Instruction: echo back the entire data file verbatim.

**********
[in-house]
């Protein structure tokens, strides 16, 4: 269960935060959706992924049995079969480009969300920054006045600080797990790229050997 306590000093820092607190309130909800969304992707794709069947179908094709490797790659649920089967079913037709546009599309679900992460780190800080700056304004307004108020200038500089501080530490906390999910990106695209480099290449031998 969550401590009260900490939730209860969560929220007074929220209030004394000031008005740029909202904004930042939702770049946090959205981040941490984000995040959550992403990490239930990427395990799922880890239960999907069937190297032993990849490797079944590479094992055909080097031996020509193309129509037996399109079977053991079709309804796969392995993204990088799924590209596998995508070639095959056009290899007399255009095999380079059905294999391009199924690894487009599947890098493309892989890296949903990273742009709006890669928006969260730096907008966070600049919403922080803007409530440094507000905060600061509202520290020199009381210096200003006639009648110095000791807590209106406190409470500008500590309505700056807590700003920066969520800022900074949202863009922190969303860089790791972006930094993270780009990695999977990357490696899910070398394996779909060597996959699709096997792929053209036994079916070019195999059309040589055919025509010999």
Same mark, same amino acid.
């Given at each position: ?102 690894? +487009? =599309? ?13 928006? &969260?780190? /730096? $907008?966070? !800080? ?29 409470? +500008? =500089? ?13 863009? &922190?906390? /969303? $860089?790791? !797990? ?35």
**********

[in-house]
């Protein structure tokens, strides 16, 4: 269960935060959706992924049995079969480009969300920054006045600080797990790229050997 306590000093820092607190309130909800969304992707794709069947179908094709490797790659649920089967079913037709546009599309679900992460780190800080700056304004307004108020200038500089501080530490906390999910990106695209480099290449031998 969550401590009260900490939730209860969560929220007074929220209030004394000031008005740029909202904004930042939702770049946090959205981040941490984000995040959550992403990490239930990427395990799922880890239960999907069937190297032993990849490797079944590479094992055909080097031996020509193309129509037996399109079977053991079709309804796969392995993204990088799924590209596998995508070639095959056009290899007399255009095999380079059905294999391009199924690894487009599947890098493309892989890296949903990273742009709006890669928006969260730096907008966070600049919403922080803007409530440094507000905060600061509202520290020199009381210096200003006639009648110095000791807590209106406190409470500008500590309505700056807590700003920066969520800022900074949202863009922190969303860089790791972006930094993270780009990695999977990357490696899910070398394996779909060597996959699709096997792929053209036994079916070019195999059309040589055919025509010999």
Same mark, same amino acid.
């Given at each position: ?102 690894? +487009? =599309? ?13 928006? &969260?780190? /730096? $907008?966070? !800080? ?29 409470? +500008? =500089? ?13 863009? &922190?906390? /969303? $860089?790791? !797990? ?35």